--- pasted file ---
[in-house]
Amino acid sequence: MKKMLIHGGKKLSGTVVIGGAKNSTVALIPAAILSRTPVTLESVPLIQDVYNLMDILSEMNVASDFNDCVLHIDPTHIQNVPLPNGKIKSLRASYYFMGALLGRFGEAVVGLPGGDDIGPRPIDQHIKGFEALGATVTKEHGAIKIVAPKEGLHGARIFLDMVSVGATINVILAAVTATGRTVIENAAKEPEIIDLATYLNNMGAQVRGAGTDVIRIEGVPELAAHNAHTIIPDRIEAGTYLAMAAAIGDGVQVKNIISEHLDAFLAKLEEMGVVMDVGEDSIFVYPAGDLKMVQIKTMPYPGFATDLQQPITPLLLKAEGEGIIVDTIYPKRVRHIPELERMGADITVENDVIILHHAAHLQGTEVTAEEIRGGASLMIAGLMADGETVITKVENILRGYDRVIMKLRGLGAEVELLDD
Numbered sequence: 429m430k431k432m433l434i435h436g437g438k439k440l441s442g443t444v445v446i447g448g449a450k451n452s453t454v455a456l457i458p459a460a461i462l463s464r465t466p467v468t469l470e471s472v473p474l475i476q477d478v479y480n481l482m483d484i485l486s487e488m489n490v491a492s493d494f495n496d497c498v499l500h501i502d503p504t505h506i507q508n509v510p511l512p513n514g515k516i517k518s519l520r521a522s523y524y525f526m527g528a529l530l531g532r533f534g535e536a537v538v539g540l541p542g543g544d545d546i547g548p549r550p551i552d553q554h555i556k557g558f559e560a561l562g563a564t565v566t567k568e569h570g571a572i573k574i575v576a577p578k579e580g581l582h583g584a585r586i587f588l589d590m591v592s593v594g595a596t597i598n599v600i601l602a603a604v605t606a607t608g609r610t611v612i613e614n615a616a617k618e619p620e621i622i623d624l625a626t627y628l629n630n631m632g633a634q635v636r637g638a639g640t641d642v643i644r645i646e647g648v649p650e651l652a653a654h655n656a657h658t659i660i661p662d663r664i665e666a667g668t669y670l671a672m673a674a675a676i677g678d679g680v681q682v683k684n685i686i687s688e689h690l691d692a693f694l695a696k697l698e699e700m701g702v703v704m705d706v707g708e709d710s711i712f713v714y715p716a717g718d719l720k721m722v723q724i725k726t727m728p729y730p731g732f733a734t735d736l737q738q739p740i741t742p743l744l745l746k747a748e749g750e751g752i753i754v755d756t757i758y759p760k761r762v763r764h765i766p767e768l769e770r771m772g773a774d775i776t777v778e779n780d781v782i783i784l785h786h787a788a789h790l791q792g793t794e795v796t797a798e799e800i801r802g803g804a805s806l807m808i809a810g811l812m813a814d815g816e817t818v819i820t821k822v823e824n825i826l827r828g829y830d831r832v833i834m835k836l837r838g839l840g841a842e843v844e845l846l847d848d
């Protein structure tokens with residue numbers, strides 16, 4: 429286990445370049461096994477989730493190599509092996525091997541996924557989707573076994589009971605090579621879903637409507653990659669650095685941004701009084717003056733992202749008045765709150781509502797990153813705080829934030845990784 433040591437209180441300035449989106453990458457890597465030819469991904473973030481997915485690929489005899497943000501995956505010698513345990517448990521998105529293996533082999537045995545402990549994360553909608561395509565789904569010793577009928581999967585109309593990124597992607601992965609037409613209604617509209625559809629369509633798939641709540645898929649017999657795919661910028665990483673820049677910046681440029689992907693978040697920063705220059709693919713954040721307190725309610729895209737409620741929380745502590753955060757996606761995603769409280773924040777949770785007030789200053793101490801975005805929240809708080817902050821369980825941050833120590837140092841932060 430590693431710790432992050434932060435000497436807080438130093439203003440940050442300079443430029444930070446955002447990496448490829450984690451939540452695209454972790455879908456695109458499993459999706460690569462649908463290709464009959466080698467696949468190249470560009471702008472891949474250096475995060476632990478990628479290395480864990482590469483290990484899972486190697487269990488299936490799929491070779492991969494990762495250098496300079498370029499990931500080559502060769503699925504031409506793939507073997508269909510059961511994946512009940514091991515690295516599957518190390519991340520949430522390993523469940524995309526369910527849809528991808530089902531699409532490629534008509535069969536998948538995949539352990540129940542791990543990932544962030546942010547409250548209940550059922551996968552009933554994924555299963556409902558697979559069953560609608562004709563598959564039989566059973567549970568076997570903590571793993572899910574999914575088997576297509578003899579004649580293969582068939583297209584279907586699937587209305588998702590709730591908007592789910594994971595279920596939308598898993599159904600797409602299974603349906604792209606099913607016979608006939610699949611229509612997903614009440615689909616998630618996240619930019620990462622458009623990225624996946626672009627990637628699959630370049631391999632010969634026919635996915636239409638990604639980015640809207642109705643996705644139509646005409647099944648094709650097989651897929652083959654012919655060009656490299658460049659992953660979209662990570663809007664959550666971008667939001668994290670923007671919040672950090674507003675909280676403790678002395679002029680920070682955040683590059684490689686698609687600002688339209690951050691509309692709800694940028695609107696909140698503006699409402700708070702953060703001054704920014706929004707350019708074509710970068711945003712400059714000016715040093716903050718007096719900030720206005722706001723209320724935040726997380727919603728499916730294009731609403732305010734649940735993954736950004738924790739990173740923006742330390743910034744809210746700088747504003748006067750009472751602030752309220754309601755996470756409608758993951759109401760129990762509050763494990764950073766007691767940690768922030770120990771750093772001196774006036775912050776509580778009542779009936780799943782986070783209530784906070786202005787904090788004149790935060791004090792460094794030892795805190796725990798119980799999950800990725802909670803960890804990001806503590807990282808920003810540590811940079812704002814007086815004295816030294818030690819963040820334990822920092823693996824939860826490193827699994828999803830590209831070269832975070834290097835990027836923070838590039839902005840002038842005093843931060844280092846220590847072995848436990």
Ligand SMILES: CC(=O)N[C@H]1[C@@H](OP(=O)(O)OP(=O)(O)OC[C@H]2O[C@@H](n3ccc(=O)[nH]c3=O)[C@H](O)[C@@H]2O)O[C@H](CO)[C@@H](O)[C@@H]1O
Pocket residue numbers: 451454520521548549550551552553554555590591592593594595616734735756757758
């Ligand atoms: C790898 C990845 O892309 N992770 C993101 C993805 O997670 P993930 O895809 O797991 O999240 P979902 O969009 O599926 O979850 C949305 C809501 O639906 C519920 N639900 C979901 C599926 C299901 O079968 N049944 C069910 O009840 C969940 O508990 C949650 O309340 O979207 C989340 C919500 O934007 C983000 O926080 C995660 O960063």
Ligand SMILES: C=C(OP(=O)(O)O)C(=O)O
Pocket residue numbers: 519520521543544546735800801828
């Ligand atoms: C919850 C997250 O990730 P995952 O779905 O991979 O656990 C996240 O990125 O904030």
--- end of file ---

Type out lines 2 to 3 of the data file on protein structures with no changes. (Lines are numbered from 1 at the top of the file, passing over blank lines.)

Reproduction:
Amino acid sequence: MKKMLIHGGKKLSGTVVIGGAKNSTVALIPAAILSRTPVTLESVPLIQDVYNLMDILSEMNVASDFNDCVLHIDPTHIQNVPLPNGKIKSLRASYYFMGALLGRFGEAVVGLPGGDDIGPRPIDQHIKGFEALGATVTKEHGAIKIVAPKEGLHGARIFLDMVSVGATINVILAAVTATGRTVIENAAKEPEIIDLATYLNNMGAQVRGAGTDVIRIEGVPELAAHNAHTIIPDRIEAGTYLAMAAAIGDGVQVKNIISEHLDAFLAKLEEMGVVMDVGEDSIFVYPAGDLKMVQIKTMPYPGFATDLQQPITPLLLKAEGEGIIVDTIYPKRVRHIPELERMGADITVENDVIILHHAAHLQGTEVTAEEIRGGASLMIAGLMADGETVITKVENILRGYDRVIMKLRGLGAEVELLDD
Numbered sequence: 429m430k431k432m433l434i435h436g437g438k439k440l441s442g443t444v445v446i447g448g449a450k451n452s453t454v455a456l457i458p459a460a461i462l463s464r465t466p467v468t469l470e471s472v473p474l475i476q477d478v479y480n481l482m483d484i485l486s487e488m489n490v491a492s493d494f495n496d497c498v499l500h501i502d503p504t505h506i507q508n509v510p511l512p513n514g515k516i517k518s519l520r521a522s523y524y525f526m527g528a529l530l531g532r533f534g535e536a537v538v539g540l541p542g543g544d545d546i547g548p549r550p551i552d553q554h555i556k557g558f559e560a561l562g563a564t565v566t567k568e569h570g571a572i573k574i575v576a577p578k579e580g581l582h583g584a585r586i587f588l589d590m591v592s593v594g595a596t597i598n599v600i601l602a603a604v605t606a607t608g609r610t611v612i613e614n615a616a617k618e619p620e621i622i623d624l625a626t627y628l629n630n631m632g633a634q635v636r637g638a639g640t641d642v643i644r645i646e647g648v649p650e651l652a653a654h655n656a657h658t659i660i661p662d663r664i665e666a667g668t669y670l671a672m673a674a675a676i677g678d679g680v681q682v683k684n685i686i687s688e689h690l691d692a693f694l695a696k697l698e699e700m701g702v703v704m705d706v707g708e709d710s711i712f713v714y715p716a717g718d719l720k721m722v723q724i725k726t727m728p729y730p731g732f733a734t735d736l737q738q739p740i741t742p743l744l745l746k747a748e749g750e751g752i753i754v755d756t757i758y759p760k761r762v763r764h765i766p767e768l769e770r771m772g773a774d775i776t777v778e779n780d781v782i783i784l785h786h787a788a789h790l791q792g793t794e795v796t797a798e799e800i801r802g803g804a805s806l807m808i809a810g811l812m813a814d815g816e817t818v819i820t821k822v823e824n825i826l827r828g829y830d831r832v833i834m835k836l837r838g839l840g841a842e843v844e845l846l847d848d